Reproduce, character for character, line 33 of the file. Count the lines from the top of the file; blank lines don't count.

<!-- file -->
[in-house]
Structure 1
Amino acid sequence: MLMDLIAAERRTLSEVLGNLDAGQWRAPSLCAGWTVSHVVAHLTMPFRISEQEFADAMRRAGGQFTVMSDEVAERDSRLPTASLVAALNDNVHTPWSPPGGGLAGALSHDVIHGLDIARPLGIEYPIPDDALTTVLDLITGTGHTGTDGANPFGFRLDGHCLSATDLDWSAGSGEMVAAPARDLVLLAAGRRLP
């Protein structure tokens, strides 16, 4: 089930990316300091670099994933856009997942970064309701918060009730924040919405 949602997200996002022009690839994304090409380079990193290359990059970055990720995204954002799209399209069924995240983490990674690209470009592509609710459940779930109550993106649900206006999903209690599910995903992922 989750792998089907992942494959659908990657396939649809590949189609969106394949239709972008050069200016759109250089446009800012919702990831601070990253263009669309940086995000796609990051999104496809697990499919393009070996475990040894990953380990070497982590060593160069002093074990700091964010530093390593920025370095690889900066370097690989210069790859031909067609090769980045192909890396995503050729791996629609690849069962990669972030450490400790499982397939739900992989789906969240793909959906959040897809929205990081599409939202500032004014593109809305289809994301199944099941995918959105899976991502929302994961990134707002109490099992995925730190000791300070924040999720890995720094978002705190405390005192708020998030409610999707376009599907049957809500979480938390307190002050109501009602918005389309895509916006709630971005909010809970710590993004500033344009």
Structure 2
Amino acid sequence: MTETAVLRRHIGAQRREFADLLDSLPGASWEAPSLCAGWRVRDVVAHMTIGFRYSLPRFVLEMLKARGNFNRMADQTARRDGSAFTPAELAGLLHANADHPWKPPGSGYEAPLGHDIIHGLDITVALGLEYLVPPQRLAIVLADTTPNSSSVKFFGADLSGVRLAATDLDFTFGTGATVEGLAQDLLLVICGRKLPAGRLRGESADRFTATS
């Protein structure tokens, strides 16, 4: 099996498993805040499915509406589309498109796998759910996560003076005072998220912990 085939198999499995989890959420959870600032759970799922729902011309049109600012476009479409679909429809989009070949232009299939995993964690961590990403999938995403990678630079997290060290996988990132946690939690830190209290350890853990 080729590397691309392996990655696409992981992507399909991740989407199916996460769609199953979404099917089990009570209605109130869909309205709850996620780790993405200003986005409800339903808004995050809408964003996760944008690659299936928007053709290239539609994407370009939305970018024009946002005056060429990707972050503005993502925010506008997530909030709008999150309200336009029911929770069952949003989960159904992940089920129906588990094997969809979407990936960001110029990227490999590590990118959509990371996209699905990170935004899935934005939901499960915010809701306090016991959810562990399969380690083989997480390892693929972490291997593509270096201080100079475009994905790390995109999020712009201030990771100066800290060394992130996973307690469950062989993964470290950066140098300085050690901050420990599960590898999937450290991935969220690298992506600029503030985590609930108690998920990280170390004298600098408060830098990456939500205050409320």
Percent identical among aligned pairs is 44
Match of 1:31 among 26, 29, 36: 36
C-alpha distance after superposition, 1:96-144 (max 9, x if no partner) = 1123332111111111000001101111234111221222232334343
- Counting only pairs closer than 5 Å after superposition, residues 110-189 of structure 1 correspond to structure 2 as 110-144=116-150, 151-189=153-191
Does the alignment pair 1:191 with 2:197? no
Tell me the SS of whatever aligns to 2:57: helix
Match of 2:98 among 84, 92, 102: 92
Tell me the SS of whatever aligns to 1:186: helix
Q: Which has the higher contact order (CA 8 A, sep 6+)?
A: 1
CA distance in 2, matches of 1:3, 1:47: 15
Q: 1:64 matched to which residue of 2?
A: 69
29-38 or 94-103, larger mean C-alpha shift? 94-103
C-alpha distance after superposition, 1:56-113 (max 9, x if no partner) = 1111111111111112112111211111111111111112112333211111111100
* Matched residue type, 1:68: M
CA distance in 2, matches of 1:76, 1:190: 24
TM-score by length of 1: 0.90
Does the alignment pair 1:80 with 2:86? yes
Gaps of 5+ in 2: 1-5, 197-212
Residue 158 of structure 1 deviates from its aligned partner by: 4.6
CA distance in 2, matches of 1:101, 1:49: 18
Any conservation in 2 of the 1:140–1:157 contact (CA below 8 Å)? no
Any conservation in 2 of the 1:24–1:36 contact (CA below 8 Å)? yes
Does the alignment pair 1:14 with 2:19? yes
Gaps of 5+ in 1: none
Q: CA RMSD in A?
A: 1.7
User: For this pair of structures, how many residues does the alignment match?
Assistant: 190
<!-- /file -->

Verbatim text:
Gaps of 5+ in 1: none